Biden under pressure to decide Cuba policy

Biden under pressure to decide Cuba policy

Biden under pressure to decide Cuba policy
U.S. President Barack Obama and Cuba’s President Raul Castro meet in Havana, March 21, 2016. (Reuters)
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The 10th anniversary of Fidel Castro’s resignation from the Cuban Communist Party’s central committee falls this month, at a time when the US Biden administration is under growing pressure from Congress to nail down its stance toward the socialist island state.
President Joe Biden has said he wants a significant reset in relations, but that is not a straightforward process. Cuba policy is intensely controversial in several key US electoral states, especially Florida, and foreign issues have also clouded the US-Cuba agenda, including suspected “microwave attacks” targeting American diplomats in Havana and growing US tensions with Venezuela.
In the absence of Biden moving quickly on this agenda, legislators in Congress are seeking to fill the vacuum. Republican Sens. Marco Rubio, Rick Scott and Ted Cruz, all of whom have potential 2024 presidential ambitions, are seeking to block any Biden attempt to remove Cuba from the US state sponsors of terrorism list — a designation made by the Trump administration. This trio has also vowed to oppose any “any motions or consent requests with regard to any legislation that seeks to amend our nation’s policy toward Cuba.”
By contrast, several Democrats, including Rep. Jim McGovern and Sen. Patrick Leahy, are pushing for a more open policy. They have highlighted that Biden campaigned on reversing the travel and remittances policies toward Cuba and expanding US diplomatic relations with Havana.
While Democrats generally favor change and Republicans the status quo on Cuba, it is not a completely partisan issue. For instance, powerful Democratic Sen. Robert Menendez, chairman of the Senate Foreign Relations Committee, has long opposed any reform of policy toward the island state.
So far, the Biden team has made few concrete commitments and the congressional Democrats that support change fear the administration will keep pushing back action and then proceed only incrementally. They remember that it was not until the last two years of Barack Obama’s presidency that he acted on his controversial normalization agenda.
Biden’s caution is not just due to the massive agenda he is already tackling, including the pandemic. In some key swing states, especially Florida, US policy toward Cuba is a major polarizing issue and Democrats are on the defensive. Last November, the party lost two congressional seats in South Florida. This is an area with high concentrations of people from Cuba, Venezuela and Nicaragua, who have moved to the US because of dissatisfaction with their leftist governments.
Biden is also aware how, in the 2016 presidential election, multiple Republican presidential candidates, including Cruz and Rubio, were vociferously opposed to Obama’s Cuba policy and sought to build political capital from it. This included Donald Trump, who used his standard argument that, as president, he would have negotiated a better settlement with Cuba than Obama did.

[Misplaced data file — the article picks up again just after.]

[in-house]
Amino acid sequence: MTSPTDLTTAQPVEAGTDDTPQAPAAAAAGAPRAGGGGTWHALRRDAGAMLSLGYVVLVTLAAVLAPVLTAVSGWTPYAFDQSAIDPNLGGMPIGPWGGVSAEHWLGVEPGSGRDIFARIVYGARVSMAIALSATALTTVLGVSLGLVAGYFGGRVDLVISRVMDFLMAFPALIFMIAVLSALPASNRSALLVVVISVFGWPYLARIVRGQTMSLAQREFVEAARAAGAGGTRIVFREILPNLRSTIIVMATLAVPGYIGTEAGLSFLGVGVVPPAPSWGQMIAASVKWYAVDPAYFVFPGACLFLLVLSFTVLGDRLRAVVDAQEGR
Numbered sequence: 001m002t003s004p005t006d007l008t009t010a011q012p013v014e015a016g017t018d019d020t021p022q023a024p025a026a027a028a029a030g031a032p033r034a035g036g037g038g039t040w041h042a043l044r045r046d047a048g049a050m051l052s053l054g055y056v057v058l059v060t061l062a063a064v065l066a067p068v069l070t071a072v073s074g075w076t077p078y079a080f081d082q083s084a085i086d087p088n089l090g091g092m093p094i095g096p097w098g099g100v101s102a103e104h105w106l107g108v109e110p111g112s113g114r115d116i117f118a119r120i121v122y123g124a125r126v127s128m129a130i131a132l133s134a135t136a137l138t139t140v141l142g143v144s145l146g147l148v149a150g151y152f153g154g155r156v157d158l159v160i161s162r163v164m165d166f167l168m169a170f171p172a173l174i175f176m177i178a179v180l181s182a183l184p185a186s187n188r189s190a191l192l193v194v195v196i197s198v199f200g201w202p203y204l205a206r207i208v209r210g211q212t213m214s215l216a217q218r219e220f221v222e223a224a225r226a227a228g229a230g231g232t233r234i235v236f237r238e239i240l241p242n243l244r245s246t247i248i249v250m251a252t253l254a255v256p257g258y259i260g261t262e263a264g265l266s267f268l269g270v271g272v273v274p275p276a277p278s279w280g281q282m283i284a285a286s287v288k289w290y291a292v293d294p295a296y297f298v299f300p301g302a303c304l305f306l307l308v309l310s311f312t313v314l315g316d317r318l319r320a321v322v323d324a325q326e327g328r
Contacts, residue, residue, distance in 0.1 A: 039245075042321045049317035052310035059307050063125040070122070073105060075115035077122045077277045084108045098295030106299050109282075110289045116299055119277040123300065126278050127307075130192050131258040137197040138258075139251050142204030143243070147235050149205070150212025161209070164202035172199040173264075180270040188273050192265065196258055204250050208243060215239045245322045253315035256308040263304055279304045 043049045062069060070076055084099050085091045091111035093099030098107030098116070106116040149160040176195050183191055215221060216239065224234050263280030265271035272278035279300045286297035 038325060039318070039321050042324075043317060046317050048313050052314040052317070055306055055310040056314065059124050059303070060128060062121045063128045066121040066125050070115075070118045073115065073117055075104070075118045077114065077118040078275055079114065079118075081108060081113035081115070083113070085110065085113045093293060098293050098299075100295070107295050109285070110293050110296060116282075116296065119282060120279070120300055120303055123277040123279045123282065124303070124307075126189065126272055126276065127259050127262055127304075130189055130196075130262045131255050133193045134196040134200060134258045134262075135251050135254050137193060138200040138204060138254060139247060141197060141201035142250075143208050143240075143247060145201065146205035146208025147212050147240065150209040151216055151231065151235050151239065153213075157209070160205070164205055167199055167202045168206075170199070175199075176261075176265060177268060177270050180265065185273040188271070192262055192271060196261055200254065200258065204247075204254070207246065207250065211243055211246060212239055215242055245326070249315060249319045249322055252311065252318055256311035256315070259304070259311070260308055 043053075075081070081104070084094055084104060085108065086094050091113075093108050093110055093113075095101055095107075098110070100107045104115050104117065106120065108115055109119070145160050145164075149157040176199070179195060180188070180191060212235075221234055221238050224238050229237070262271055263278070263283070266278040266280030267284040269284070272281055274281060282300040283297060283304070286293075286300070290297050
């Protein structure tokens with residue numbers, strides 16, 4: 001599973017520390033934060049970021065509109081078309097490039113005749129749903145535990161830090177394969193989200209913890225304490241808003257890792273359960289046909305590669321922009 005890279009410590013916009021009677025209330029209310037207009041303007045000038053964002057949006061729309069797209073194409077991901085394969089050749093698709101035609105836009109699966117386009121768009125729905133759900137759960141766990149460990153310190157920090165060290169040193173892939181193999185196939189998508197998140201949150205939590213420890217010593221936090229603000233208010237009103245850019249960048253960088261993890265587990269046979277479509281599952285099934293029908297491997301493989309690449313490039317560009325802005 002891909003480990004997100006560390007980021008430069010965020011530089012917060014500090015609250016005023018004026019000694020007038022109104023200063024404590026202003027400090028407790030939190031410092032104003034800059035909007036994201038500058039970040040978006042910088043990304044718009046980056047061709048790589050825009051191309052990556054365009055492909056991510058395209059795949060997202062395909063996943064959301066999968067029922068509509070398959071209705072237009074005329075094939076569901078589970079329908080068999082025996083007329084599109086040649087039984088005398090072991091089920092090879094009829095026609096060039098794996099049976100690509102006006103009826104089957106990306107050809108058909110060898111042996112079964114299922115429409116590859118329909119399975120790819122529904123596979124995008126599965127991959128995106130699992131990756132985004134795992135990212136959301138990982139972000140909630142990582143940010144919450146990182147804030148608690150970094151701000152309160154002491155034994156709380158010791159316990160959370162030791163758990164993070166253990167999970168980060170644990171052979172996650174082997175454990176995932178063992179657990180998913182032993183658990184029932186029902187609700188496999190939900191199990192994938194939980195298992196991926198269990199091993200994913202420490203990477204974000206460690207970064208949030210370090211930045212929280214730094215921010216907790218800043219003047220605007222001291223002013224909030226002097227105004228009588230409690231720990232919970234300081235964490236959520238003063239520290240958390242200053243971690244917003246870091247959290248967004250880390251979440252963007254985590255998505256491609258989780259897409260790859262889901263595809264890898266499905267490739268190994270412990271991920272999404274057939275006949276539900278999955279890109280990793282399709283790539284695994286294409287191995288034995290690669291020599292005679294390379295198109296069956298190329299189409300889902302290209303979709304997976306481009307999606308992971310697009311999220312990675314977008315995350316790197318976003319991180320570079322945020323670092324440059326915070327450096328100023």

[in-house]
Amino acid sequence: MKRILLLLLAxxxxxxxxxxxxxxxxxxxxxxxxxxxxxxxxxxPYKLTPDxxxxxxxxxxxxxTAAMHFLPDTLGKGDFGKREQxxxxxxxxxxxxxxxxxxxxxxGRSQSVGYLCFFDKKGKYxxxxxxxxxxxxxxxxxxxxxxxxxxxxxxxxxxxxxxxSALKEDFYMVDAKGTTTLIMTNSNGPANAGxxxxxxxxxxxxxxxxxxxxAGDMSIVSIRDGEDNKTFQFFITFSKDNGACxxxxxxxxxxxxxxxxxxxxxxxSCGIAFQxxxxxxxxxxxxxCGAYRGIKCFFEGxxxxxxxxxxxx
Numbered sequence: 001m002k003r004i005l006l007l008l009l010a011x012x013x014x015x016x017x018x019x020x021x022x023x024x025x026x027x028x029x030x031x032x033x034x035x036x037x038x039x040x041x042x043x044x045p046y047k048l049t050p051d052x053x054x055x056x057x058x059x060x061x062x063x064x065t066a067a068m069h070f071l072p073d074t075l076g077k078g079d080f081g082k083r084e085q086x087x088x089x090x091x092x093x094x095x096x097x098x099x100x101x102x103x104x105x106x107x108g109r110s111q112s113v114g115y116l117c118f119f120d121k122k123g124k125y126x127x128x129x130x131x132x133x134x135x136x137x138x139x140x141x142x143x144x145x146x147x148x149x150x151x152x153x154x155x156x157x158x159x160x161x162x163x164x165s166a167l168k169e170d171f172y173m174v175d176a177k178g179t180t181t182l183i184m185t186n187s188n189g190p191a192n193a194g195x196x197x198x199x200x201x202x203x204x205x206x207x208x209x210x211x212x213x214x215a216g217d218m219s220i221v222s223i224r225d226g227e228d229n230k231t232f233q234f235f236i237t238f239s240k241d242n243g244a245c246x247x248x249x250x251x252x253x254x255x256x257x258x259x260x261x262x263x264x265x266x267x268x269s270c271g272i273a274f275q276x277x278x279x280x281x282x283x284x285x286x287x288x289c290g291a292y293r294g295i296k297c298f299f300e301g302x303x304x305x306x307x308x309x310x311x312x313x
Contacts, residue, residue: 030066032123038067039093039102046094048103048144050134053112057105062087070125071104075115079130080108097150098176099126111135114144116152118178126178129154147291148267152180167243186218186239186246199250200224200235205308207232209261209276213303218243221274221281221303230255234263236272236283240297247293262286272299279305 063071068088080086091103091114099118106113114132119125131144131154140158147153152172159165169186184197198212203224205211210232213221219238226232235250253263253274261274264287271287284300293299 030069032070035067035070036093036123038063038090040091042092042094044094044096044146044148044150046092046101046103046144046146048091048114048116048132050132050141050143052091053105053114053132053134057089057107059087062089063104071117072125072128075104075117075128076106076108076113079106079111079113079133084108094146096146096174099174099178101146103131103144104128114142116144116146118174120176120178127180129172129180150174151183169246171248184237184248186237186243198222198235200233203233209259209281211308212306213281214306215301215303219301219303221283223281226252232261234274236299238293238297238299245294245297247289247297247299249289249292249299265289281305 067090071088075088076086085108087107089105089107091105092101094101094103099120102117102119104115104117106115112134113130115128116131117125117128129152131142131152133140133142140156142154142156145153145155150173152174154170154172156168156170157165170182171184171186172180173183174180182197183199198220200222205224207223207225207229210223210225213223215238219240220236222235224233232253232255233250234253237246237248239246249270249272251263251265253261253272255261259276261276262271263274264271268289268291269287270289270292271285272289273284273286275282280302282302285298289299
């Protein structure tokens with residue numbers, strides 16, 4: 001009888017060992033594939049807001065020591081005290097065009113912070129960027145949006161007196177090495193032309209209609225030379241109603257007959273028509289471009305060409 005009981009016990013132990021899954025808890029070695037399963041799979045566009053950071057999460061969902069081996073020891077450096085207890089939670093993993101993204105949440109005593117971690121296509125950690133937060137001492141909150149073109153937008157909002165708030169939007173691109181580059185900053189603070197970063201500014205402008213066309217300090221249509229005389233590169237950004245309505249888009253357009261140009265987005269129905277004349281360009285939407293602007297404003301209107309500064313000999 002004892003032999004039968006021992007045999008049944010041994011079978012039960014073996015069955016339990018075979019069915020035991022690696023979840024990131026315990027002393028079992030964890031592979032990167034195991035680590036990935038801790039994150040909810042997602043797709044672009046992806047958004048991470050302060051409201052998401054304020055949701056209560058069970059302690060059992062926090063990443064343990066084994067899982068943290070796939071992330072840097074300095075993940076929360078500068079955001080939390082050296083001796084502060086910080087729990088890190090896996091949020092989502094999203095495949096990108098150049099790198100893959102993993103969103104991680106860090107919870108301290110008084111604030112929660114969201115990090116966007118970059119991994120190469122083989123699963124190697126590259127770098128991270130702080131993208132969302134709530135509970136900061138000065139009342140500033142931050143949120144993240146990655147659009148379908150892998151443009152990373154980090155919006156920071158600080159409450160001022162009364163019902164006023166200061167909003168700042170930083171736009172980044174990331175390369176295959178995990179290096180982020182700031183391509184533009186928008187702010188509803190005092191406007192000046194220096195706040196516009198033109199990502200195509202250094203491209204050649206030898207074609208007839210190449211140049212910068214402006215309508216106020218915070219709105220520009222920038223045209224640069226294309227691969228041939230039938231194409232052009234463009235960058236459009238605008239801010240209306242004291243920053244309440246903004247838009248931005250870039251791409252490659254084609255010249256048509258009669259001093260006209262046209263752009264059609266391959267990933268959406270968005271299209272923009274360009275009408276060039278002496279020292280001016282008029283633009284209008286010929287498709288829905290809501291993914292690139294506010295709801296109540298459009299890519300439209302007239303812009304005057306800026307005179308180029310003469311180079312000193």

So it might not be until after the 2022 midterm elections that Biden moves on Cuba. But, if and when he does so, he already has a road map he can use to navigate. In December 2014, the two countries announced they would restore diplomatic relations and Obama later became the first US president to visit the country in almost 90 years, announcing a suite of measures that further eroded the bilateral sanctions regime introduced during the Cold War.
These actions, which then-US Treasury Secretary Jack Lew claimed “chart a new course in US-Cuba relations,” saw a relaxation of travel and financial rules that allowed Cubans to open US bank accounts, as well as permitting Cubans in the US homeland to earn salaries or other financial compensation. They also allowed US citizens to travel more easily, independently, to the island, including the resumption of frequently scheduled air services from US airports to Cuba.
However, bilateral relations could not be fully normalized without the acquiescence of Congress, where there was (and still is) opposition to rolling back the decades-long measures freezing US-Cuban relations, including the trade embargo. Part of the hesitation on the part of the-then Republican leadership in Congress stemmed from Cuba’s lack of meaningful political reform.
This again highlights the partisan US divide over Cuba policy. Republicans assert that Obama gave First Secretary of the Communist Party Raul Castro, Fidel’s brother, a major propaganda victory with very little in return and assert there are more political prisoners on the island now than when Obama visited.

The congressional Democrats that support change fear the administration will keep pushing back action and then proceed only incrementally.

Andrew Hammond

Democrats, by contrast, point to the change in Cuba in the short period of normalization before the Trump administration reversed it. Often cited here is how the island’s fledgling private sector flourished; the internet and political space expanded; people-to-people exchanges multiplied; and bilateral dialogues began on tough topics like human rights.
This partisan gulf will not disappear soon and is one key reason why Biden may move only gradually on reversing Trump-era policies toward the island. While a reset in relations remains likely, it could need to wait until the second half of his term.

  • Andrew Hammond is an associate at LSE IDEAS at the London School of Economics.
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